In addition, the study researchers also observed that the sex-specific hormone, androgen, had an effect on Foxp1 expression as Foxp1 and the androgen receptor are co-expressed in the mice cortex and striatum. Mice with brain-specific androgen knocked out showed diminished Foxp1 expression in the striatum suggesting sex-specific susceptibility to developmental disorders.

Sex-biased protein expression in therapy

Many studies have pointed out that mRNA is expressed differently in males and females. Guo L et al. sequenced and studied approximately 30 deregulated miRNAs profiles from the Cancer Genome Atlas database by creating four groups, i.e., lung adenocarcinoma in males (LUAD-male), lung adenocarcinoma in females (LUAD-female), uterine corpus endometrial carcinoma in females (UCEC-female), and prostate adenocarcinoma in males (PRAD-male).

While consistent deregulated miRNA expression was observed in the LUAD groups, some miRNAs such as miR-1306, miR-3647, and miR-328 were differently expressed in male and female groups.

For instance, miR-328 is an indicator of increased mortality risk in acute myocardial infraction and the tumor stage. Difference in expression of miR-328 in male and female specimens can provide insights into the occurrence and progression of various diseases.

Similarly, Colen RR et al. used data from the Cancer Genome Atlas and Cancer Imaging archives to carry out a retrospective study on the molecular profiles of male and female specimens in sex-specific cell death in glioblastoma. Magnetic resonance imaging volumes of tumor necrosis revealed higher tumor necrosis volumes in males than in females.

During survival analyses using tumor necrosis volume and histopathological data, female subjects with lower necrosis volumes showed higher chances of survival. The results from the study suggest the need to have targeted sex-specific gene therapy for improved treatment outcomes.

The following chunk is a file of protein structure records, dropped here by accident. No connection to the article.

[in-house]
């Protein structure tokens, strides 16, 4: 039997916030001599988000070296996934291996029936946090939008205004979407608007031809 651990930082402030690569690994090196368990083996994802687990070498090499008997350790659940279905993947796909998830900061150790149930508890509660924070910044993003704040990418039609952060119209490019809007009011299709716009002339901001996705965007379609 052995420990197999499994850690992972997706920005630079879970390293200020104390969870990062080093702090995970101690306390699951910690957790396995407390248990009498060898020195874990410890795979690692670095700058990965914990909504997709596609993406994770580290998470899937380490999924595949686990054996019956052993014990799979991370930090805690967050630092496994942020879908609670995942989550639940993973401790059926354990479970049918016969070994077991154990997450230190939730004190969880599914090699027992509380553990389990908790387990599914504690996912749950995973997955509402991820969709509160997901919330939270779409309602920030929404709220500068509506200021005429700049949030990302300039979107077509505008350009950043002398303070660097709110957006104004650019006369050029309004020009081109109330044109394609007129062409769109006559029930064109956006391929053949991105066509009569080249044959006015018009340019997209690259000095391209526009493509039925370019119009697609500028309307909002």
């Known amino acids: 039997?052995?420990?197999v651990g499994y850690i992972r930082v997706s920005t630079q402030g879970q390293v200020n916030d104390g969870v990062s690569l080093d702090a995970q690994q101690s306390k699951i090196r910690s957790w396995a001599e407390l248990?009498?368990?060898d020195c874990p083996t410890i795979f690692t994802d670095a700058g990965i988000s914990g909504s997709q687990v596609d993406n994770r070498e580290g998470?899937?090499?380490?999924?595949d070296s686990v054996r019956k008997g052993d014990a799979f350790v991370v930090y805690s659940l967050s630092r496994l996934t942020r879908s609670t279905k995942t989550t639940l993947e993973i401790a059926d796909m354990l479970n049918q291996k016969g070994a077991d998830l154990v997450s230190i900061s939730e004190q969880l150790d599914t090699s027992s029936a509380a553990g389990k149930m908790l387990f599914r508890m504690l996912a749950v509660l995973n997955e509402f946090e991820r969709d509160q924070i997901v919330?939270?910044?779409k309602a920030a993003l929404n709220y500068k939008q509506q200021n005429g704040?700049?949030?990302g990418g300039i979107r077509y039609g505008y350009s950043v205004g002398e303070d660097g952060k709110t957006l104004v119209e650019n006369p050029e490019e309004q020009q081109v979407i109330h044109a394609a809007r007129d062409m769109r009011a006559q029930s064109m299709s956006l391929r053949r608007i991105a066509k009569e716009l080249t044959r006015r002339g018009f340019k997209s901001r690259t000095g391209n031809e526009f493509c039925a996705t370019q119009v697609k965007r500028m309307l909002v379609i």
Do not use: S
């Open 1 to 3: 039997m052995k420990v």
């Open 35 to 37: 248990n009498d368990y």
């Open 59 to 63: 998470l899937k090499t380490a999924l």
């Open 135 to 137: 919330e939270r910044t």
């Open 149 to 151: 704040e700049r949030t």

Future direction

It would be important for the science community to delve further into the effect of sex differences on protein or gene expression to facilitate successful therapeutic intervention especially in life-threatening disorders/diseases.

Sources

Hyer MM et al. (2018), Sex Differences in Synaptic Plasticity: Hormones and Beyond, Front Mol Neuroscience. Available at doi: 10.3389/fnmol.2018.00266

Sarkar A and Kabbaj M. (2016), Sex Differences in Effects of Ketamine on Behavior, Spine Density, and Synaptic Proteins in Socially Isolated Rats, Biological Psychiatry, 80(6), 448-456. Available at doi: https://doi.org/10.1016/j.biopsych.2015.12.025

Hill RA and Van den Buuse M. (2011), Sex-dependent and region-specific changes in TrkB signaling in BDNF heterozygous mice, Brain Research, 1384, p51-60. Available at doi: https://doi.org/10.1016/j.brainres.2011.01.060

Diedrich M et al. (2007), Heart protein expression related to age and sex in mice and humans, International Journal of Molecular Medicine, 865-874. Available at doi: https://doi.org/10.3892/ijmm.20.6.865

Nguyen LT et al. (2017), SIRT1 reduction is associated with sex-specific dysregulation of renal lipid metabolism and stress responses in offspring by maternal high-fat diet, Scientific Reports 7, 8982. Available at doi: https://doi.org/10.1038/s41598-017-08694-4

Frohlich et al. (2017), Foxp1 expression is essential for sex-specific murine neonatal ultrasonic vocalization, Human Molecular Genetics, 26(8), 1511-1521. Available at doi: https://doi.org/10.1093/hmg/ddx055

Guo L et al. (2017), miRNA and mRNA expression analysis reveals potential sex-biased miRNA expression, Scientific Reports 7, 39812. Available at doi: DOI: 10.1038/srep39812

Colen RR et al. (2014), Glioblastoma: Imaging Genomic Mapping Reveals Sex-specific Oncogenic Associations of Cell Death, Radiology, 275(1). Available at doi: https://doi.org/10.1148/radiol.14141800

Further Reading

Last Updated: Jun 19, 2020

Deepthi Sathyajith

Written by

Deepthi Sathyajith

Deepthi spent much of her early career working as a post-doctoral researcher in the field of pharmacognosy. She began her career in pharmacovigilance, where she worked on many global projects with some of the world's leading pharmaceutical companies. Deepthi is now a consultant scientific writer for a large pharmaceutical company and occasionally works with News-Medical, applying her expertise to a wide range of life sciences subjects.